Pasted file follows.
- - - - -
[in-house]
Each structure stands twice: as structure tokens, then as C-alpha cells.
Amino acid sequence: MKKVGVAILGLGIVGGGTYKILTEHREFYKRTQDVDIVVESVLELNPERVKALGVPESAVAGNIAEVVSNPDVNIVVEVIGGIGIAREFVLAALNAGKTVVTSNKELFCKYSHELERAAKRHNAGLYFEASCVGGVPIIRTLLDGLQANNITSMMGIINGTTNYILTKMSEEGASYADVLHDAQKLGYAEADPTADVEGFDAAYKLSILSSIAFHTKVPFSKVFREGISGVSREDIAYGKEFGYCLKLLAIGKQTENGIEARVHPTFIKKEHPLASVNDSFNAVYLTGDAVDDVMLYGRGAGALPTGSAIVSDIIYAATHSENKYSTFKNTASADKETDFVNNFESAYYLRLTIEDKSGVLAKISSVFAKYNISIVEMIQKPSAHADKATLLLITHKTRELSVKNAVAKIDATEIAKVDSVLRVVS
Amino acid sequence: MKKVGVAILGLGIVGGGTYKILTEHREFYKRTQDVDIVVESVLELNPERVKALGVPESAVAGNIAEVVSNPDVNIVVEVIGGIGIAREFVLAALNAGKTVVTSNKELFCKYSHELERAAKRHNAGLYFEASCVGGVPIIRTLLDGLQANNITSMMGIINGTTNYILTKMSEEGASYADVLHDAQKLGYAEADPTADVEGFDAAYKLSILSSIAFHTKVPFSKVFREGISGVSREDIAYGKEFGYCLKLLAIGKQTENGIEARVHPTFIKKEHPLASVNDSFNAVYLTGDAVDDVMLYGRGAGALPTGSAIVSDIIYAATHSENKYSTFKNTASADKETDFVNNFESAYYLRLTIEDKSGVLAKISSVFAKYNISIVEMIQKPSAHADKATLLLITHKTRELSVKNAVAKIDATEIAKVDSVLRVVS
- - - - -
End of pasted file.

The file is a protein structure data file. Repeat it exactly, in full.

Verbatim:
[in-house]
Each structure stands twice: as structure tokens, then as C-alpha cells.
Amino acid sequence: MKKVGVAILGLGIVGGGTYKILTEHREFYKRTQDVDIVVESVLELNPERVKALGVPESAVAGNIAEVVSNPDVNIVVEVIGGIGIAREFVLAALNAGKTVVTSNKELFCKYSHELERAAKRHNAGLYFEASCVGGVPIIRTLLDGLQANNITSMMGIINGTTNYILTKMSEEGASYADVLHDAQKLGYAEADPTADVEGFDAAYKLSILSSIAFHTKVPFSKVFREGISGVSREDIAYGKEFGYCLKLLAIGKQTENGIEARVHPTFIKKEHPLASVNDSFNAVYLTGDAVDDVMLYGRGAGALPTGSAIVSDIIYAATHSENKYSTFKNTASADKETDFVNNFESAYYLRLTIEDKSGVLAKISSVFAKYNISIVEMIQKPSAHADKATLLLITHKTRELSVKNAVAKIDATEIAKVDSVLRVVS
Amino acid sequence: MKKVGVAILGLGIVGGGTYKILTEHREFYKRTQDVDIVVESVLELNPERVKALGVPESAVAGNIAEVVSNPDVNIVVEVIGGIGIAREFVLAALNAGKTVVTSNKELFCKYSHELERAAKRHNAGLYFEASCVGGVPIIRTLLDGLQANNITSMMGIINGTTNYILTKMSEEGASYADVLHDAQKLGYAEADPTADVEGFDAAYKLSILSSIAFHTKVPFSKVFREGISGVSREDIAYGKEFGYCLKLLAIGKQTENGIEARVHPTFIKKEHPLASVNDSFNAVYLTGDAVDDVMLYGRGAGALPTGSAIVSDIIYAATHSENKYSTFKNTASADKETDFVNNFESAYYLRLTIEDKSGVLAKISSVFAKYNISIVEMIQKPSAHADKATLLLITHKTRELSVKNAVAKIDATEIAKVDSVLRVVS